64

I have a need to include */ in my JavaDoc comment. The problem is that this is also the same sequence for closing a comment. What the proper way to quote/escape this?

Example:

/**
 * Returns true if the specified string contains "*/".
 */
public boolean containsSpecialSequence(String str)

Follow up: It appears I can use / for the slash. The only downside is that this isn't all that readable when viewing the code directly in a text editor.

/**
 * Returns true if the specified string contains "*/".
 */
1
  • 2
    I like bobince's suggestion to include "asterisk followed by a slash", perhaps in parentheses after the literal "*/". It's then readable both in code and Javadoc.
    – ide
    Commented Nov 14, 2010 at 22:38

6 Answers 6

48

Use HTML escaping.

So in your example:

/**
 * Returns true if the specified string contains "*/".
 */
public boolean containsSpecialSequence(String str)

/ escapes as a "/" character.

Javadoc should insert the escaped sequence unmolested into the HTML it generates, and that should render as "*/" in your browser.

If you want to be very careful, you could escape both characters: */ translates to */

Edit:

Follow up: It appears I can use / for the slash. The only downside is that this isn't all that readable when view the code directly.

So? The point isn't for your code to be readable, the point is for your code documentation to be readable. Most Javadoc comments embed complex HTML for explaination. Hell, C#'s equivalent offers a complete XML tag library. I've seen some pretty intricate structures in there, let me tell you.

Edit 2: If it bothers you too much, you might embed a non-javadoc inline comment that explains the encoding:

/**
 * Returns true if the specified string contains "*/".
 */
// returns true if the specified string contains "*/"
public boolean containsSpecialSequence(String str)
6
  • 2
    I'd have gone for the B. Commented Mar 10, 2009 at 19:17
  • 3
    Does this bother anyone else except for me? Now it looks good in the javadoc but it's unreadable when you're just looking at the source code...
    – Tim Frey
    Commented Mar 10, 2009 at 19:24
  • 2
    It's not entirely unreadable. You're a programmer, right? You should at least be able to realize that it's an HTML escape code, even if you don't recognize the actual value. You can always look it up. As I said before, the point of javadoc is readability of documentation, not code.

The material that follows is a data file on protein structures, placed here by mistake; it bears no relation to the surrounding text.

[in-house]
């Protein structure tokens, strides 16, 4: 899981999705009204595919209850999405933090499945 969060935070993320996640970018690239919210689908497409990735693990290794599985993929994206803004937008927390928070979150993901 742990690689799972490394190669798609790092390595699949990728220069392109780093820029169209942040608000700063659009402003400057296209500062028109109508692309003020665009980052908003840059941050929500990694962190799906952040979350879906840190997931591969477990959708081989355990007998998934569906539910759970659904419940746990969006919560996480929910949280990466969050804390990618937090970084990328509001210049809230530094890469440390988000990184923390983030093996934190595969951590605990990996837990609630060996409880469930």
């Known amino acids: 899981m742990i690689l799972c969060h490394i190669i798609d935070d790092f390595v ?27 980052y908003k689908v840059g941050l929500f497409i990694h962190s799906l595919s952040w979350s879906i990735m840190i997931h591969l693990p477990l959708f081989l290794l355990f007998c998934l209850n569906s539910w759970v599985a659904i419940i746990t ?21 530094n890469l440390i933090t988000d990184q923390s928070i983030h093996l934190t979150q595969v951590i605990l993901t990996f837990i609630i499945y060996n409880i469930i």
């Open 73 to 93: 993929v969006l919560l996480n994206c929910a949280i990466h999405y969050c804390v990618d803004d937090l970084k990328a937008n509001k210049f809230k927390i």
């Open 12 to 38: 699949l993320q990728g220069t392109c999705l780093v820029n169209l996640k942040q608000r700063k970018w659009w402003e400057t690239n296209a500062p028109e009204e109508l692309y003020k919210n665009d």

– Randolpho
    Commented Mar 10, 2009 at 19:27
  • That said, you could always embed a comment that's not Javadoc to explain it to yourself elsewhere in your code. Something like: // searches for "*/"
    – Randolpho
    Commented Mar 10, 2009 at 19:27
  • 1
    Just open the javadoc view in your IDE. They tend to be pretty awesome these days...
    – Stephen
    Commented Mar 10, 2009 at 19:58
16

Nobody mentioned {@literal}. This is another way to go:

/**
 * Returns true if the specified string contains "*{@literal /}".
 */

Unfortunately you cannot escape */ at a time. With some drawbacks, this also fixes:

The only downside is that this isn't all that readable when viewing the code directly in a text editor.

9
/**
 * Returns true if the specified string contains "*/".
 */

This is the ‘right’ solution, but for readability's sake I'd probably go for:

/**
 * Returns true if the string contains an asterisk followed by slash.
 */
1
  • 1
    well, ok, but that advice isn't very useful when giving examples of shell glob patterns e.g. foo/bar/**/baz.zip
    – Jason S
    Commented Oct 17, 2019 at 19:30
6

Use the entity

*/ 

In your documentation it will show up as a "*/"

6

Another way I stumbled upon, just for completeness: add some HTML markup which doesn't alter the output between the * and /.

  /**
   * *<b/>/
   */

Compared to the HTML escape solution, this seems something of an ugly hack, but it also yields the right result in HTML output.

2
  • 1
    Not quite; your suggestion as it currently stands would likely violate html doctypes. If somebody were to go this route, I would suggest something like: <b>*</b><b>/</b> to make sure the tags are closed.
    – Randolpho
    Commented Mar 10, 2009 at 19:58
  • Ah, I was wondering about that, but left it like that because it's the shortest option and worked fine in IDEA (Ctrl-Q). If not <b/>, wouldn't *<b></b>/ or *<span/>/ suffice?
    – Jonik
    Commented Mar 10, 2009 at 20:09
6

I would suggest you also add a line comment somewhere near saying something like

// *&#47; is html for */

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